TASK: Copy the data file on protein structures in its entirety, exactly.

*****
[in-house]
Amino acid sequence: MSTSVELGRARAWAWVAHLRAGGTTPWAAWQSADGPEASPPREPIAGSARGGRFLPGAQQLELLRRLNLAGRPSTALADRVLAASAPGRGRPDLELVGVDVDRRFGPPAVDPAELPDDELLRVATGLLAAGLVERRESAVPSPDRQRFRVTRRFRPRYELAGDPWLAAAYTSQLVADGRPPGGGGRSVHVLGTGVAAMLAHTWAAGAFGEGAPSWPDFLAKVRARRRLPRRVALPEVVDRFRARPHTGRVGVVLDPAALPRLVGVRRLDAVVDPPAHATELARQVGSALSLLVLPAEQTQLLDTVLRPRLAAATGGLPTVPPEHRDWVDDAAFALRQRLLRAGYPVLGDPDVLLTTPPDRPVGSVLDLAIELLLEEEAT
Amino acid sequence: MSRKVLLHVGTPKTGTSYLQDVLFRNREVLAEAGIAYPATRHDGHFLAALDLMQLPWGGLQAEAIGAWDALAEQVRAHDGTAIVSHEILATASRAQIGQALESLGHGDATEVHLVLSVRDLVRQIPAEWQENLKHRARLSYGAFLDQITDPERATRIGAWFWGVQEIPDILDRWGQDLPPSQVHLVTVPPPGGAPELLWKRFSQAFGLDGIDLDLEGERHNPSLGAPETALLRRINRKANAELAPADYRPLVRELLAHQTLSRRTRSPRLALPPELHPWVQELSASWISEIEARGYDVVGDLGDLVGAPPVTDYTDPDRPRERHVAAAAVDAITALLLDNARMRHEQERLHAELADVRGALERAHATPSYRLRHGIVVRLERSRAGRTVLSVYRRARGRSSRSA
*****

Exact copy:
[in-house]
Amino acid sequence: MSTSVELGRARAWAWVAHLRAGGTTPWAAWQSADGPEASPPREPIAGSARGGRFLPGAQQLELLRRLNLAGRPSTALADRVLAASAPGRGRPDLELVGVDVDRRFGPPAVDPAELPDDELLRVATGLLAAGLVERRESAVPSPDRQRFRVTRRFRPRYELAGDPWLAAAYTSQLVADGRPPGGGGRSVHVLGTGVAAMLAHTWAAGAFGEGAPSWPDFLAKVRARRRLPRRVALPEVVDRFRARPHTGRVGVVLDPAALPRLVGVRRLDAVVDPPAHATELARQVGSALSLLVLPAEQTQLLDTVLRPRLAAATGGLPTVPPEHRDWVDDAAFALRQRLLRAGYPVLGDPDVLLTTPPDRPVGSVLDLAIELLLEEEAT
Amino acid sequence: MSRKVLLHVGTPKTGTSYLQDVLFRNREVLAEAGIAYPATRHDGHFLAALDLMQLPWGGLQAEAIGAWDALAEQVRAHDGTAIVSHEILATASRAQIGQALESLGHGDATEVHLVLSVRDLVRQIPAEWQENLKHRARLSYGAFLDQITDPERATRIGAWFWGVQEIPDILDRWGQDLPPSQVHLVTVPPPGGAPELLWKRFSQAFGLDGIDLDLEGERHNPSLGAPETALLRRINRKANAELAPADYRPLVRELLAHQTLSRRTRSPRLALPPELHPWVQELSASWISEIEARGYDVVGDLGDLVGAPPVTDYTDPDRPRERHVAAAAVDAITALLLDNARMRHEQERLHAELADVRGALERAHATPSYRLRHGIVVRLERSRAGRTVLSVYRRARGRSSRSA